Now to look at using three BME280s. There are no easy options, since the BME280 only has two available I2C addresses. So now to introduce the TCA9548A I2C multiplexer. Also, to help illustrate the use of the TCA9548A, this will ignore the BME280's alternate address. Therefore, this example is exactly like what one would deal with when trying to use three copies of any I2C device with a single fixed address.

Here is the wiring diagram for the setup. Note that the TCA9548A itself has an I2C address of 0x70. Each BME280 has the same address of 0x77.

The TCA9548A Multiplexer

This is a simple device. It has only one trick up its sleeve. It has one input and eight outputs. The only I2C "command" it accepts is one to set what outputs are active. That's it. That's all it does.

It is an I2C device though, so does have an I2C address. The address can be changed, but in this guide we'll only use its default 0x70 address. No other device can have the same address as the TCA9548A. So the basic rule about unique addresses still applies.

Changing Output Channels

While the TCA9548A can have more than one output channel active at a time, this only considers using a single channel at a time. The one "command" that the TCA9548A accepts is a single byte value, where each bit represents an output channel:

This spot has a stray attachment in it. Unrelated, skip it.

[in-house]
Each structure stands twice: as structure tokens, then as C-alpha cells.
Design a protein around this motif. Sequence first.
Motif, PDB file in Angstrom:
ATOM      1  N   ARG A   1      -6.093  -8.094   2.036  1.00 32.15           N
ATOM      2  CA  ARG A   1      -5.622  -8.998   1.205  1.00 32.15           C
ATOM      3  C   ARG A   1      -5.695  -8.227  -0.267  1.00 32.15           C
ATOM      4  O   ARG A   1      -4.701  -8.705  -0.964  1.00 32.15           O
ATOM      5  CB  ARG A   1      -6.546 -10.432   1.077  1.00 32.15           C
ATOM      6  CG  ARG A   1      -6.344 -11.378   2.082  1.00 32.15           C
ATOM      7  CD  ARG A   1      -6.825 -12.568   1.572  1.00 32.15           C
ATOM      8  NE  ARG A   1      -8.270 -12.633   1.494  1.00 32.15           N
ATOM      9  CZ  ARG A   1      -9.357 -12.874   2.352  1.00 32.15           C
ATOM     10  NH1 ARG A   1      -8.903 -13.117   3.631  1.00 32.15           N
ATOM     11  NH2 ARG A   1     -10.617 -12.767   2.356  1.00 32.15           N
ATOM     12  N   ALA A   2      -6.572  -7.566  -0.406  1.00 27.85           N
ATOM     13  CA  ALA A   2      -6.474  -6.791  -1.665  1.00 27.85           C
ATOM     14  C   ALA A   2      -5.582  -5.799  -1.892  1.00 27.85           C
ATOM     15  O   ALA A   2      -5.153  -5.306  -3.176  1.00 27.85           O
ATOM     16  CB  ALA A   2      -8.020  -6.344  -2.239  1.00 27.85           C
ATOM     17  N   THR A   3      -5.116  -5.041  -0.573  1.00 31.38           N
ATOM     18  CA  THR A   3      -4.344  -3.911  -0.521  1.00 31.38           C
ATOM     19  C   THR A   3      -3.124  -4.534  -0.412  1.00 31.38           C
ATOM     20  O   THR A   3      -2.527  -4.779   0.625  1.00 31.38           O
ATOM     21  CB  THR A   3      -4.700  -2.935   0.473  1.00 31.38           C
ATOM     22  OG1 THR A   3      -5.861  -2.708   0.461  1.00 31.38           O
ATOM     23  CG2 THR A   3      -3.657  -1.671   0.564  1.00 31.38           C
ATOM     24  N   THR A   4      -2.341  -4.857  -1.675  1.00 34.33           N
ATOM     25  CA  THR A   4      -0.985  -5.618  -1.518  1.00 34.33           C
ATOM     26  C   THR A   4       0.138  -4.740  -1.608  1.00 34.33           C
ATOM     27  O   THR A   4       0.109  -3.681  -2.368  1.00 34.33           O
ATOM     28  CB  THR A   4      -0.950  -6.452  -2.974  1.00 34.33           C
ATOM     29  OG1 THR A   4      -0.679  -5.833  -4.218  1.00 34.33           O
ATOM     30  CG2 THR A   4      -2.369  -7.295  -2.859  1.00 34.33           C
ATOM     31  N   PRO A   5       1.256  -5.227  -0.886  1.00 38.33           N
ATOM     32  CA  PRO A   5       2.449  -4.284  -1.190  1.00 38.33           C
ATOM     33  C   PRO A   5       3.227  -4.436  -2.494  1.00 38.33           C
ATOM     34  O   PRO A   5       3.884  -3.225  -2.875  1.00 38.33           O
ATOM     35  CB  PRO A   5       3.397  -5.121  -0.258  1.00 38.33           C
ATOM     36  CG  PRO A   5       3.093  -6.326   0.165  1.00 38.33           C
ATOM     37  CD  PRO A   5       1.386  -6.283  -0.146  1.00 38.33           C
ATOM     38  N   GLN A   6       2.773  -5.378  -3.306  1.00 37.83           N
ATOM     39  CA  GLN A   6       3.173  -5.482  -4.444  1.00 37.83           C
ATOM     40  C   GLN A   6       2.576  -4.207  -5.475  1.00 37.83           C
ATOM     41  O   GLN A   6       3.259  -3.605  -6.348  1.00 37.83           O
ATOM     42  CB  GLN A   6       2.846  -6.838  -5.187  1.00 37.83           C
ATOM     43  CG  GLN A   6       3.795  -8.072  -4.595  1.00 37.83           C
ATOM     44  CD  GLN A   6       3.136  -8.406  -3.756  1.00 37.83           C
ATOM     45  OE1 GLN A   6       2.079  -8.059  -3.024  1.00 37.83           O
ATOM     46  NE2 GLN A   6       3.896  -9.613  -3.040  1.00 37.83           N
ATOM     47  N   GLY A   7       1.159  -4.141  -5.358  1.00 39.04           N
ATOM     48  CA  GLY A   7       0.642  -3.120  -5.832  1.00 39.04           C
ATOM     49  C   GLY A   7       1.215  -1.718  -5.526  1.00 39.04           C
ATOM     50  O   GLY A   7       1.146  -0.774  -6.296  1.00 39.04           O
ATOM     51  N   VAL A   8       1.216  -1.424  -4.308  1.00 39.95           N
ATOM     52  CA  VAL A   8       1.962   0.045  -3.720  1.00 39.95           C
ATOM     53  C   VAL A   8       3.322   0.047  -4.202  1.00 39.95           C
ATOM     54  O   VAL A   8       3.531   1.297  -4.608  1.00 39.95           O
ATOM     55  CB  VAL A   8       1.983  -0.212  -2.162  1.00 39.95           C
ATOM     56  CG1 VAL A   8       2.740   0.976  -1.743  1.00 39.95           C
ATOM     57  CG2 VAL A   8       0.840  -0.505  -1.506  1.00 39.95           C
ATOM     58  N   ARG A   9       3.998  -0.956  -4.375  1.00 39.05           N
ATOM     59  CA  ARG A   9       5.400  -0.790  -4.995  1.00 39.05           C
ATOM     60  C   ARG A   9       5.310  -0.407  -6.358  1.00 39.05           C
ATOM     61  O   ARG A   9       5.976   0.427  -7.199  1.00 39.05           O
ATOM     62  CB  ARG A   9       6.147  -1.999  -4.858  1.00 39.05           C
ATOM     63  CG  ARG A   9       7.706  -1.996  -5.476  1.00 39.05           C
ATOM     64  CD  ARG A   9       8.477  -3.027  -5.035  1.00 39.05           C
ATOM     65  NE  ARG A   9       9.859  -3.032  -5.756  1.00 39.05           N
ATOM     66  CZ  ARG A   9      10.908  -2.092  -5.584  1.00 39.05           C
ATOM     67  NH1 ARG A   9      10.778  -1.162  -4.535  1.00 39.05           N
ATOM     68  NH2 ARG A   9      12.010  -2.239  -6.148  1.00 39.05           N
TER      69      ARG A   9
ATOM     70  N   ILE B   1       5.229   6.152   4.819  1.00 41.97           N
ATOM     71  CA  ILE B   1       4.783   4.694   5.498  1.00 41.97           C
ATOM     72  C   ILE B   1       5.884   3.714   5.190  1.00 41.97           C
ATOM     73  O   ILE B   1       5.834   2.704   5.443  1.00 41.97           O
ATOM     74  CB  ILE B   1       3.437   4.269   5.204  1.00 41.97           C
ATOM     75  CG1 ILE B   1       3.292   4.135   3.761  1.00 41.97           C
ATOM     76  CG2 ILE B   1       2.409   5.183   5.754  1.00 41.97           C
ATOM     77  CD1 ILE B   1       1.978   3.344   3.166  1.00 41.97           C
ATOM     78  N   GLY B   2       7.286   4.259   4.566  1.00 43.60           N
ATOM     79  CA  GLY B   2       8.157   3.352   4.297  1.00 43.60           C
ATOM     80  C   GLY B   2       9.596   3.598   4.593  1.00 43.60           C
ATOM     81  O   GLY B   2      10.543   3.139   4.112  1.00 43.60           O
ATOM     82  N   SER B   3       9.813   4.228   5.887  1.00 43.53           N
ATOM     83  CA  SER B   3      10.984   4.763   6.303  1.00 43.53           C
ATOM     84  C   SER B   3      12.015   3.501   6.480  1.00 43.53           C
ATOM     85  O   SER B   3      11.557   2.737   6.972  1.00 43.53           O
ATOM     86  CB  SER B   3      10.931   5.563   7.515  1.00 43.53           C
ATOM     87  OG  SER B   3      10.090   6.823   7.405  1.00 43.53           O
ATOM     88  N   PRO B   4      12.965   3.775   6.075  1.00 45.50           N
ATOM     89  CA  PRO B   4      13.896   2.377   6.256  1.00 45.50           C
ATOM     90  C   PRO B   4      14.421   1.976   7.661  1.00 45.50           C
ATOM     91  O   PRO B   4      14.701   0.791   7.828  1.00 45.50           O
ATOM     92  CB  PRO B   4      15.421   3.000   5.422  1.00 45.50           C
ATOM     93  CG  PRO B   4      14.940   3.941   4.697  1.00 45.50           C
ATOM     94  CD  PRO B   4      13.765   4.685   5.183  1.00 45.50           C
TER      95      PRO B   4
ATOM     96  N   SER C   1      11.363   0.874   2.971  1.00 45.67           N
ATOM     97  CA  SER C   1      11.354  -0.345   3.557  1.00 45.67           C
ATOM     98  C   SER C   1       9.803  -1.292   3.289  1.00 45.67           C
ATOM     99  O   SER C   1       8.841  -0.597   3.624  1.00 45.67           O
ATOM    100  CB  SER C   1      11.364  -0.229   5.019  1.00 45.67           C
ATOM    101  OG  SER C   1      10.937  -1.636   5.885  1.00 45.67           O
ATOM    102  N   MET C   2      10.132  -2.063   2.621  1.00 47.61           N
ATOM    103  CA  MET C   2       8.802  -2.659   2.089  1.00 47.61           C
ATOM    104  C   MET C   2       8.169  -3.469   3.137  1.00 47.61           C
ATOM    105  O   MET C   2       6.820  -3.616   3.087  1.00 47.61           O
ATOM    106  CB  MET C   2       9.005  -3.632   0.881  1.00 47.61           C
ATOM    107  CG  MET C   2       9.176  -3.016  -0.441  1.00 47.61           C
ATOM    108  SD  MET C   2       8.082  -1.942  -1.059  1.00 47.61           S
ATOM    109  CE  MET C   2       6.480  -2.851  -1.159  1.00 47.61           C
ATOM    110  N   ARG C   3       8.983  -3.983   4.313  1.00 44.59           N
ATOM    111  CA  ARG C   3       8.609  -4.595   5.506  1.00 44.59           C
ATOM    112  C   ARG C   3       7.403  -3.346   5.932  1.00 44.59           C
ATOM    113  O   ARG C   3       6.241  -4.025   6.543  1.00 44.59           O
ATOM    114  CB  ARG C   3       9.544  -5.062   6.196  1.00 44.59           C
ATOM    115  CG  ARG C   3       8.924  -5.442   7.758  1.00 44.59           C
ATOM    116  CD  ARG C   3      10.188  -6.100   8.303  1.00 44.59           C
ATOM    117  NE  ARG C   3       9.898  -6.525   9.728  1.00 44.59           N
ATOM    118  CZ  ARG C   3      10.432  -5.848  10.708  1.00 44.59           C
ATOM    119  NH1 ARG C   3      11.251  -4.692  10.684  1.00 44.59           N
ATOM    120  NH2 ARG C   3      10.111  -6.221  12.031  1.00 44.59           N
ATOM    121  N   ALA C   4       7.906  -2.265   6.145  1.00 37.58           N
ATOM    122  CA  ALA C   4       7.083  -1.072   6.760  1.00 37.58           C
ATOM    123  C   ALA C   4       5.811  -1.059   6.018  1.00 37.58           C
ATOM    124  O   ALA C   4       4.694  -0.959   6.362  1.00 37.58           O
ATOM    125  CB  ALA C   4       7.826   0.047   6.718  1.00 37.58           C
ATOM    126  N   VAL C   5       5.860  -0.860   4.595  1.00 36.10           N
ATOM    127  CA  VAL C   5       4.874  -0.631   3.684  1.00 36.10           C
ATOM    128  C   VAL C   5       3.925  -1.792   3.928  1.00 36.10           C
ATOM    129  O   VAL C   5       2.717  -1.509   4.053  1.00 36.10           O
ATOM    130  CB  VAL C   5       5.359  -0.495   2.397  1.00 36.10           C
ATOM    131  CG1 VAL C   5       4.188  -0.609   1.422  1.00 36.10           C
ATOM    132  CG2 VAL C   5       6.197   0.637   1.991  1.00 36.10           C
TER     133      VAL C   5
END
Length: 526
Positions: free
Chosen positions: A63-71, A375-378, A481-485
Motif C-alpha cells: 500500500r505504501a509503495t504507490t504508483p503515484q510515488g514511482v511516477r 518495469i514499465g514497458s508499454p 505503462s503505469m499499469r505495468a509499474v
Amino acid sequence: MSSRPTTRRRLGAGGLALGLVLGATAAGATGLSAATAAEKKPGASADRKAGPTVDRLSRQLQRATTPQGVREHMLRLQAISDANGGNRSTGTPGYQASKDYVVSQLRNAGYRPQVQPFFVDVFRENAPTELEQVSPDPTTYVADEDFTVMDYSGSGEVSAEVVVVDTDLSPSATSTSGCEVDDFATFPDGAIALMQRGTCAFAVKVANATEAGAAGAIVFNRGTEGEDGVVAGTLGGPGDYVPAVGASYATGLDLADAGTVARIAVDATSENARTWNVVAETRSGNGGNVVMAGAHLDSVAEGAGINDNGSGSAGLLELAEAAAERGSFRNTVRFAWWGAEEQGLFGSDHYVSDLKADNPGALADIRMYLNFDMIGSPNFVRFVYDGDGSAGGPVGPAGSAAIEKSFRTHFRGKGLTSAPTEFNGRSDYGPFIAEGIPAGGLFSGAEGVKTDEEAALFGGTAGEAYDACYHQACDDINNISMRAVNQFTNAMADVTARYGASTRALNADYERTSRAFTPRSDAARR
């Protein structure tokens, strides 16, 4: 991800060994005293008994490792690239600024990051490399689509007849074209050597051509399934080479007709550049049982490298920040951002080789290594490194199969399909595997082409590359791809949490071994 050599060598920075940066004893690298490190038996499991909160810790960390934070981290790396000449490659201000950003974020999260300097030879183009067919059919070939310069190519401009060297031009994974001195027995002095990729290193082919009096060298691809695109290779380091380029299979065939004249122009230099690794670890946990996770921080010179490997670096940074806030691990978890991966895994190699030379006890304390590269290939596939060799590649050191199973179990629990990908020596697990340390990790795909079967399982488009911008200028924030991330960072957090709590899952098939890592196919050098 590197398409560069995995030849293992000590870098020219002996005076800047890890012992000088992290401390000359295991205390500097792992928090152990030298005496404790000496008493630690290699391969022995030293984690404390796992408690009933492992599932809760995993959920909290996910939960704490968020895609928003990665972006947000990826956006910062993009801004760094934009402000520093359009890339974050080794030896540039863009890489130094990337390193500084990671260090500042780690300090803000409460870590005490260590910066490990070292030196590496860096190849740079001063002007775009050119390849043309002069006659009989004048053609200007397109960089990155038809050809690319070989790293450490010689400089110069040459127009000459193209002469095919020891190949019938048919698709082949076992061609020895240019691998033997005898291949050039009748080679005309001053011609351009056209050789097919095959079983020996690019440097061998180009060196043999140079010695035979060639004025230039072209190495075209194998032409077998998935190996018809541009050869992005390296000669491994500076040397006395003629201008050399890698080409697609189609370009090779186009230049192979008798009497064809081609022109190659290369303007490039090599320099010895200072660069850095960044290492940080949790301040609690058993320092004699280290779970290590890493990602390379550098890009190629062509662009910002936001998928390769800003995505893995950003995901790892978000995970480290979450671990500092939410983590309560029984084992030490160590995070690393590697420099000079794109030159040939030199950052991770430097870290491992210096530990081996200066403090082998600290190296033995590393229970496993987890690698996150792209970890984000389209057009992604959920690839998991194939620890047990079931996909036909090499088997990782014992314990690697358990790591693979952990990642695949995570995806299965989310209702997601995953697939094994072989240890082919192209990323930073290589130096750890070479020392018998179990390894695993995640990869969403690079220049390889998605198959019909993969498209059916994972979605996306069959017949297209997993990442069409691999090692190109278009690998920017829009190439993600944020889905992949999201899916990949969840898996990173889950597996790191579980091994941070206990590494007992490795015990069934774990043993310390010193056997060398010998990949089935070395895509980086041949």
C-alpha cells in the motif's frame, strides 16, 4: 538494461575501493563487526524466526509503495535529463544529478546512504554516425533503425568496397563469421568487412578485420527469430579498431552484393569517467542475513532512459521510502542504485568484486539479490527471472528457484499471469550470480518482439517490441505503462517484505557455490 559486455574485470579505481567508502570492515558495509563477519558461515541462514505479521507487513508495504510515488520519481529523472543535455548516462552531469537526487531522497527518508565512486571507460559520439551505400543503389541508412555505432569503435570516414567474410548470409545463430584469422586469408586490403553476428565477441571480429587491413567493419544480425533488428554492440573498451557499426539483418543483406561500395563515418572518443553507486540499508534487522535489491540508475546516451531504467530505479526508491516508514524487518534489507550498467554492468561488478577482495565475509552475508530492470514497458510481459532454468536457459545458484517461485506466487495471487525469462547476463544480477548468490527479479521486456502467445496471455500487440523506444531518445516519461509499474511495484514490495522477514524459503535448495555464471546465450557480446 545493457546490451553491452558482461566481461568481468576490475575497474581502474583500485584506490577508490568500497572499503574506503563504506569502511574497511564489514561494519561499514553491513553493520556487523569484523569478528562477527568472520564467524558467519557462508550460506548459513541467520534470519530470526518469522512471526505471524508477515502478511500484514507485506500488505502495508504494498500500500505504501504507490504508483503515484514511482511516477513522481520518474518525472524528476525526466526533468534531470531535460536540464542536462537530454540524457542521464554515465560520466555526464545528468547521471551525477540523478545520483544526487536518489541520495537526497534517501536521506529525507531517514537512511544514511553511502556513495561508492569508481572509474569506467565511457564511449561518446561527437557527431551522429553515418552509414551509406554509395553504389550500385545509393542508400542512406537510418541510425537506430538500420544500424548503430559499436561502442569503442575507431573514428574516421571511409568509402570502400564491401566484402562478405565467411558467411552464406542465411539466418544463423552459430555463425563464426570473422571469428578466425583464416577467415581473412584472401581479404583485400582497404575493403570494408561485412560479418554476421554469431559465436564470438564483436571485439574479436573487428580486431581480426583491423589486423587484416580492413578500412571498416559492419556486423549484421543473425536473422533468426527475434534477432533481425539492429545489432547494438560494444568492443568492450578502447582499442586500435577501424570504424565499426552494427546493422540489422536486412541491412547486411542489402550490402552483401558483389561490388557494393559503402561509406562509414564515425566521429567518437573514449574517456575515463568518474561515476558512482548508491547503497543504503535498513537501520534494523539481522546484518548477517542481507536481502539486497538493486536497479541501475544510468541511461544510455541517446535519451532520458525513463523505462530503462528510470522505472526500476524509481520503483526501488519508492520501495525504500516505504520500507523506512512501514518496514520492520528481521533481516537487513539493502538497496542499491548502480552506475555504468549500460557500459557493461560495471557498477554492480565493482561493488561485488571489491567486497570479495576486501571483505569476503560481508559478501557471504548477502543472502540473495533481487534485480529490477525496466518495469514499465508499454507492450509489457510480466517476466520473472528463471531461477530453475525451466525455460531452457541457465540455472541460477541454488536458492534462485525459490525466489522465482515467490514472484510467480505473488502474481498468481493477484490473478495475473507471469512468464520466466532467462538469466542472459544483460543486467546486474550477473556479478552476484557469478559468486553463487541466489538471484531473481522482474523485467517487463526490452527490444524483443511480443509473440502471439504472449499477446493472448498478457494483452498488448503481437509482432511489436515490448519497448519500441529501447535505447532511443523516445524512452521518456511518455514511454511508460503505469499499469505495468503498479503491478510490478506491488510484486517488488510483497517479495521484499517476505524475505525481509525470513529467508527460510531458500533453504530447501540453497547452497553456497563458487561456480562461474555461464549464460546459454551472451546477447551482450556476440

If the bit is 1, the channel is active. If the bit is 0, the channel is not active. Super simple.

The easiest way to generate the proper byte to activate a single channel is to left shift 1 by the channel number. An example Arduino code snippet to do this would look like:

Wire.beginTransmission(TCA_ADDRESS);
Wire.write(1 << CHANNEL_NUMBER);
Wire.endTransmission();

Where TCA_ADDRESS would be the 0x70 (or other) address of the TCA9548A and CHANNEL_NUMBER would be an integer value 0 to 7 for the desired output channel. The << is the left shift operator.

This is the exact same code as shown in the TCA9548A guide and will also be used here in the Arduino examples. There is no dedicated Arduino library for the TCA9548A. Channel switching must be done manually in Arduino sketch code.

When using CircuitPython, things are a little fancier. There is a CircuitPython library for the TCA9548A. Under the hood, it's no different than the Arduino example above. The left shifting can be seen here. The neat thing about the CircuitPython library is that it can take care of sending the channel switch byte to the TCA9548A automatically.

This guide was first published on May 04, 2022. It was last updated on May 04, 2022.

This page (Three Devices using Multiplexer) was last updated on May 20, 2022.

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